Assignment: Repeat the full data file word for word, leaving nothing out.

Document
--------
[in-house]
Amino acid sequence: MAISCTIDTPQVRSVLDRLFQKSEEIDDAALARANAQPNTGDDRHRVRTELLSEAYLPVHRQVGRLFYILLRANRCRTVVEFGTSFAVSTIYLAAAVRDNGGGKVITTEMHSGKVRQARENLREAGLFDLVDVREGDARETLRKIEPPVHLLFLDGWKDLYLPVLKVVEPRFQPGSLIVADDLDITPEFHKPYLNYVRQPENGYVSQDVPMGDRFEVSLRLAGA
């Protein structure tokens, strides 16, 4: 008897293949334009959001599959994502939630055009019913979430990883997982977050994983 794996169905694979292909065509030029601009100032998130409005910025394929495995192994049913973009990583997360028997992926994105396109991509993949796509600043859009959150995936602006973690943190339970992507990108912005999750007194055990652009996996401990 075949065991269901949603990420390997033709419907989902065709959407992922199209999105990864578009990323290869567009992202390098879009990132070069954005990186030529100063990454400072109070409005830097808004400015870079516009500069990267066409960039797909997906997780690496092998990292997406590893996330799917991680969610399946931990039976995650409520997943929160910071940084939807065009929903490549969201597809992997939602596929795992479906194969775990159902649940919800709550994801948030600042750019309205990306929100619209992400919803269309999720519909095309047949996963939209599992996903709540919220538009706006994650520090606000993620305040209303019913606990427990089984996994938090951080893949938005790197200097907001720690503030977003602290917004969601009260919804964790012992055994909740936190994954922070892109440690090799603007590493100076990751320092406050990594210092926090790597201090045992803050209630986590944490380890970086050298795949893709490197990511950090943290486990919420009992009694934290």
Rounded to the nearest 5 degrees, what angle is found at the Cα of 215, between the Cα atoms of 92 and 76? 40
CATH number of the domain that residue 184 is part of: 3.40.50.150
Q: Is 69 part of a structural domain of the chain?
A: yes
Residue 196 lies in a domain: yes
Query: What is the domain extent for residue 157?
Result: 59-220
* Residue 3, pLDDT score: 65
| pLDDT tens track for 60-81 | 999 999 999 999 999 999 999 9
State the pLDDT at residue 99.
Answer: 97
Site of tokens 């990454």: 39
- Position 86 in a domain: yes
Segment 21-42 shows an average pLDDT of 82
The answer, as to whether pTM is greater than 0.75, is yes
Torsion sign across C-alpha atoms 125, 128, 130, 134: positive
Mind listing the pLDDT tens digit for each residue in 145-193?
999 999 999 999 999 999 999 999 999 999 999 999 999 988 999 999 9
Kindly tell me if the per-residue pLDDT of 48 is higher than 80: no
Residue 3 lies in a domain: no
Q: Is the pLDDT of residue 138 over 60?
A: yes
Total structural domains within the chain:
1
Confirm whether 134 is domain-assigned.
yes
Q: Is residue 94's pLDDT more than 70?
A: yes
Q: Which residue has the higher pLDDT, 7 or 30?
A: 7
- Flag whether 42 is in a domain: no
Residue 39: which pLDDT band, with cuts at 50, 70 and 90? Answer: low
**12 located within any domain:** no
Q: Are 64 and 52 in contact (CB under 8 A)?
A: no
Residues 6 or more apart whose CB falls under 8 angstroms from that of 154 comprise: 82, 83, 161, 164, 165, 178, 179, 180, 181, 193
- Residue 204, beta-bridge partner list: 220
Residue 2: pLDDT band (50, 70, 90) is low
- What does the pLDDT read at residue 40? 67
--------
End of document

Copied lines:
[in-house]
Amino acid sequence: MAISCTIDTPQVRSVLDRLFQKSEEIDDAALARANAQPNTGDDRHRVRTELLSEAYLPVHRQVGRLFYILLRANRCRTVVEFGTSFAVSTIYLAAAVRDNGGGKVITTEMHSGKVRQARENLREAGLFDLVDVREGDARETLRKIEPPVHLLFLDGWKDLYLPVLKVVEPRFQPGSLIVADDLDITPEFHKPYLNYVRQPENGYVSQDVPMGDRFEVSLRLAGA
């Protein structure tokens, strides 16, 4: 008897293949334009959001599959994502939630055009019913979430990883997982977050994983 794996169905694979292909065509030029601009100032998130409005910025394929495995192994049913973009990583997360028997992926994105396109991509993949796509600043859009959150995936602006973690943190339970992507990108912005999750007194055990652009996996401990 075949065991269901949603990420390997033709419907989902065709959407992922199209999105990864578009990323290869567009992202390098879009990132070069954005990186030529100063990454400072109070409005830097808004400015870079516009500069990267066409960039797909997906997780690496092998990292997406590893996330799917991680969610399946931990039976995650409520997943929160910071940084939807065009929903490549969201597809992997939602596929795992479906194969775990159902649940919800709550994801948030600042750019309205990306929100619209992400919803269309999720519909095309047949996963939209599992996903709540919220538009706006994650520090606000993620305040209303019913606990427990089984996994938090951080893949938005790197200097907001720690503030977003602290917004969601009260919804964790012992055994909740936190994954922070892109440690090799603007590493100076990751320092406050990594210092926090790597201090045992803050209630986590944490380890970086050298795949893709490197990511950090943290486990919420009992009694934290």
Rounded to the nearest 5 degrees, what angle is found at the Cα of 215, between the Cα atoms of 92 and 76? 40
CATH number of the domain that residue 184 is part of: 3.40.50.150
Q: Is 69 part of a structural domain of the chain?
A: yes
Residue 196 lies in a domain: yes
Query: What is the domain extent for residue 157?
Result: 59-220
* Residue 3, pLDDT score: 65
| pLDDT tens track for 60-81 | 999 999 999 999 999 999 999 9
State the pLDDT at residue 99.
Answer: 97
Site of tokens 């990454």: 39
- Position 86 in a domain: yes
Segment 21-42 shows an average pLDDT of 82
The answer, as to whether pTM is greater than 0.75, is yes
Torsion sign across C-alpha atoms 125, 128, 130, 134: positive
Mind listing the pLDDT tens digit for each residue in 145-193?
999 999 999 999 999 999 999 999 999 999 999 999 999 988 999 999 9
Kindly tell me if the per-residue pLDDT of 48 is higher than 80: no
Residue 3 lies in a domain: no
Q: Is the pLDDT of residue 138 over 60?
A: yes
Total structural domains within the chain:
1
Confirm whether 134 is domain-assigned.
yes
Q: Is residue 94's pLDDT more than 70?
A: yes
Q: Which residue has the higher pLDDT, 7 or 30?
A: 7
- Flag whether 42 is in a domain: no
Residue 39: which pLDDT band, with cuts at 50, 70 and 90? Answer: low
**12 located within any domain:** no
Q: Are 64 and 52 in contact (CB under 8 A)?
A: no
Residues 6 or more apart whose CB falls under 8 angstroms from that of 154 comprise: 82, 83, 161, 164, 165, 178, 179, 180, 181, 193
- Residue 204, beta-bridge partner list: 220
Residue 2: pLDDT band (50, 70, 90) is low
- What does the pLDDT read at residue 40? 67